Items of potential interest 11 December 2018

Rosanna Mattingly Editor, Western Apicultural Society Journal Editor, The Bee Line, Oregon State Beekeepers Association


Honeybee Protein Keeps Stem Cells Youthful

When The Queen Is Away

The Center For Honeybee Research Is Accepting Entries

Bee Motorway Plan To Create A Buzz

Wild West Seed Sees Flower Interest Rising

First-Ever Honey Bee Vaccine Offers Hope For Pollinators And Fruit Growers

Eyes In The Sky: Mapping Bee Health

Court Bans Use Of Chlorpyrifos Pesticide In U.S. New Butterfly Species Named After 17th-Century Female Naturalist

Fruit Flies First Began Feeding On Our Fresh Produce About 10,000 Years Ago

Pea Aphid Youngsters Use Piggyback Rides To Escape A Crisis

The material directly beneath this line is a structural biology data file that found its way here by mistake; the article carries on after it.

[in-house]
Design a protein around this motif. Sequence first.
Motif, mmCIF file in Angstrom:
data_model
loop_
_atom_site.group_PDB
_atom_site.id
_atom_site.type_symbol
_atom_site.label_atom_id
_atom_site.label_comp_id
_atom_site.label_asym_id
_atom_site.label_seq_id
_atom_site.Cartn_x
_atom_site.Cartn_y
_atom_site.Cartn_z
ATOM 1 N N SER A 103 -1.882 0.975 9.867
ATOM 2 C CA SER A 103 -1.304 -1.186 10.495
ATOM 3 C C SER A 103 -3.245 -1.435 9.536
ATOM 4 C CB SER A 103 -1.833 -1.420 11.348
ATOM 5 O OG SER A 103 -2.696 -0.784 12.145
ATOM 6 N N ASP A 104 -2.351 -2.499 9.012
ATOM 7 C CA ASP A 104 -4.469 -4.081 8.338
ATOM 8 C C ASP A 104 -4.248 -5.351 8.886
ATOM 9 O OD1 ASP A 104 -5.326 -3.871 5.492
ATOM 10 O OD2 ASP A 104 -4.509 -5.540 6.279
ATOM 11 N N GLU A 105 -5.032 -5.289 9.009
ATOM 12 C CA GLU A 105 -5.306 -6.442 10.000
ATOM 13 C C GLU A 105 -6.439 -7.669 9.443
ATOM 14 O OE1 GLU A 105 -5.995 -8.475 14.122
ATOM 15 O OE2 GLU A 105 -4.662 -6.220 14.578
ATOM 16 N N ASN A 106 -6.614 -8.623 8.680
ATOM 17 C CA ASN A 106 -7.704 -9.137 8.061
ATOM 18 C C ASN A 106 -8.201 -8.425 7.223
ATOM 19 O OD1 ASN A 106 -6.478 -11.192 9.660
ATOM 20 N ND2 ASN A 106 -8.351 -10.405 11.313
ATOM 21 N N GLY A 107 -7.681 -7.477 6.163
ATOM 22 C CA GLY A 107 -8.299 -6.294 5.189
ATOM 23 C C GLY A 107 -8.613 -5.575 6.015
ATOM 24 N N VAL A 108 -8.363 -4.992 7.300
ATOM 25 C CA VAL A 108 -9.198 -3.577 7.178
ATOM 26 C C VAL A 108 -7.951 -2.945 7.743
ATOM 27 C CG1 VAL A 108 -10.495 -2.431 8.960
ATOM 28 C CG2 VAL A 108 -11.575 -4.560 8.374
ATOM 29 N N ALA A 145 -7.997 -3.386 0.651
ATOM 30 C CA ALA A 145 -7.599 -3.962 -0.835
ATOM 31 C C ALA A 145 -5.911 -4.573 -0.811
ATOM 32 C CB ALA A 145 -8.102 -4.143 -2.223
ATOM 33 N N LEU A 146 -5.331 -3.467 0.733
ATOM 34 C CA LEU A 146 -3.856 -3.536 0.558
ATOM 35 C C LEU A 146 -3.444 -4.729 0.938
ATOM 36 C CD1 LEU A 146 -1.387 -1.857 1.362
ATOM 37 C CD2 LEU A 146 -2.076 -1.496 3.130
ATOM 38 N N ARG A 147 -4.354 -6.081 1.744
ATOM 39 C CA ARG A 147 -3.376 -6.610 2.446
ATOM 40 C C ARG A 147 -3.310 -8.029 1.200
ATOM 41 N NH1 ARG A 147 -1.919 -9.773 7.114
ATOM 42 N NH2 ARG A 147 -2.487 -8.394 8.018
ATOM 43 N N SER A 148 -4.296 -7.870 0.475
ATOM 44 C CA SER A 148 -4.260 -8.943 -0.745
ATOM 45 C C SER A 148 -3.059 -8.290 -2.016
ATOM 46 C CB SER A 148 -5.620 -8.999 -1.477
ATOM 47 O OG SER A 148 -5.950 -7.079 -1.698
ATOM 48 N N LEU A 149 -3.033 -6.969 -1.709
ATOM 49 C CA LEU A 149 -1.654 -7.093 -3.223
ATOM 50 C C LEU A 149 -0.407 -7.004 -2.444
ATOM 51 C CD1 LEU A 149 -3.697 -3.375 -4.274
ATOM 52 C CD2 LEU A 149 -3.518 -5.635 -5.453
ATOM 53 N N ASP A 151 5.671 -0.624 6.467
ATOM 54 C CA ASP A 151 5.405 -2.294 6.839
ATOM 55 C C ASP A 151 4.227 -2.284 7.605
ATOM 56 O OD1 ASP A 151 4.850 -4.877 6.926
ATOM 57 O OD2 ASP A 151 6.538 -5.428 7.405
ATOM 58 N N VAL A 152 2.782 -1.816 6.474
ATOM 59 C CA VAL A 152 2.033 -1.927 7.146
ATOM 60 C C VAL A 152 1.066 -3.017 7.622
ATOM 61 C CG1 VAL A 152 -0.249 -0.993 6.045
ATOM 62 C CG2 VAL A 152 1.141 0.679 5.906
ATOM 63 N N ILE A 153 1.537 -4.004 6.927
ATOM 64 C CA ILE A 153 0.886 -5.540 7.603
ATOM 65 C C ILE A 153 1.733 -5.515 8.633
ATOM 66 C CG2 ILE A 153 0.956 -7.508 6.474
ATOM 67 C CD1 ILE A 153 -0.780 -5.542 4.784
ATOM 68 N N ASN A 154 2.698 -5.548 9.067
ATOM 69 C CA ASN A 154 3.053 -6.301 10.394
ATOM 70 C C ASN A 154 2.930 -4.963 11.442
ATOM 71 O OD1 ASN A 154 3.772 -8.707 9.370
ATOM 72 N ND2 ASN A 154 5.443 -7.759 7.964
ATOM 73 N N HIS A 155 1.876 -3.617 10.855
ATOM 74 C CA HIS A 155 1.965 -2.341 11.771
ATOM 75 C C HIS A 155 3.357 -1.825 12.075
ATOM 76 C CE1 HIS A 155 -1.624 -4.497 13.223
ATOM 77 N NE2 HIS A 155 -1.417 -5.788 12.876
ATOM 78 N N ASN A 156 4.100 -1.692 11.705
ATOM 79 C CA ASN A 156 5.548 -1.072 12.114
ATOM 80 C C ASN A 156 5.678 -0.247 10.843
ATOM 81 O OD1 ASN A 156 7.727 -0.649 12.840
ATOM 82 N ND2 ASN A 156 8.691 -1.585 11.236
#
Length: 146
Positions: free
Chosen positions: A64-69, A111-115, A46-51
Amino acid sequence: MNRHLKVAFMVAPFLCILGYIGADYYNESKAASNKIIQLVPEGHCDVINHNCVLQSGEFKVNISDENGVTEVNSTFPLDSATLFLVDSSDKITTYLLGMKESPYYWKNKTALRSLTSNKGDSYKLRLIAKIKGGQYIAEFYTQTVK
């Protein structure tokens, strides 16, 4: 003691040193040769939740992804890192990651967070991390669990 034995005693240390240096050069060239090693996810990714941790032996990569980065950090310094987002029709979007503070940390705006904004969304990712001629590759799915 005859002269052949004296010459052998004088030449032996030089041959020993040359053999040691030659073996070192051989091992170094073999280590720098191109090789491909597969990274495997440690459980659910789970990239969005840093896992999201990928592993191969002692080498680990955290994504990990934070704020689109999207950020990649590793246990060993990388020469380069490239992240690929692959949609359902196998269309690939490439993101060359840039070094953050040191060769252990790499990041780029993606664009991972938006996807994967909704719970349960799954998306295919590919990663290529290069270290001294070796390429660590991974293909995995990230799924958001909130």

How Some Sap-Sucking Insects Fling Their Pee

Assassin Fly Babies Have ‘Swiss Army Knife’ Mouths


  1. Bayer To Fire 12,000 – One Of Every Ten Workers – After Monsanto Legal Troubles
  2. An Invitation From The Team In Montreal For Apimondia 2019
  3. The Insect Apocalypse Is Here. Here’s The Rest Of The Story
  4. Almond Board Of California Fueling Innovation With $6.8 Million Research Investment

FROM ABJ EXTRA 1. Brock Harpur Joins Purdue University


Honeybee Protein Keeps Stem Cells Youthful

An active protein component of royal jelly helps honeybees create new queens. Stanford researchers have identified a similar protein in mammals, which keeps cultured embryonic stem cells pluripotent.

A mammalian protein similar in structure to the active component of honeybee royal jelly — the queen-making goop that helps worker bees raise a new egg-laying diva for the hive — functions as kind of a fountain of youth for mouse embryonic stem cells, according to researchers at the Stanford University School of Medicine.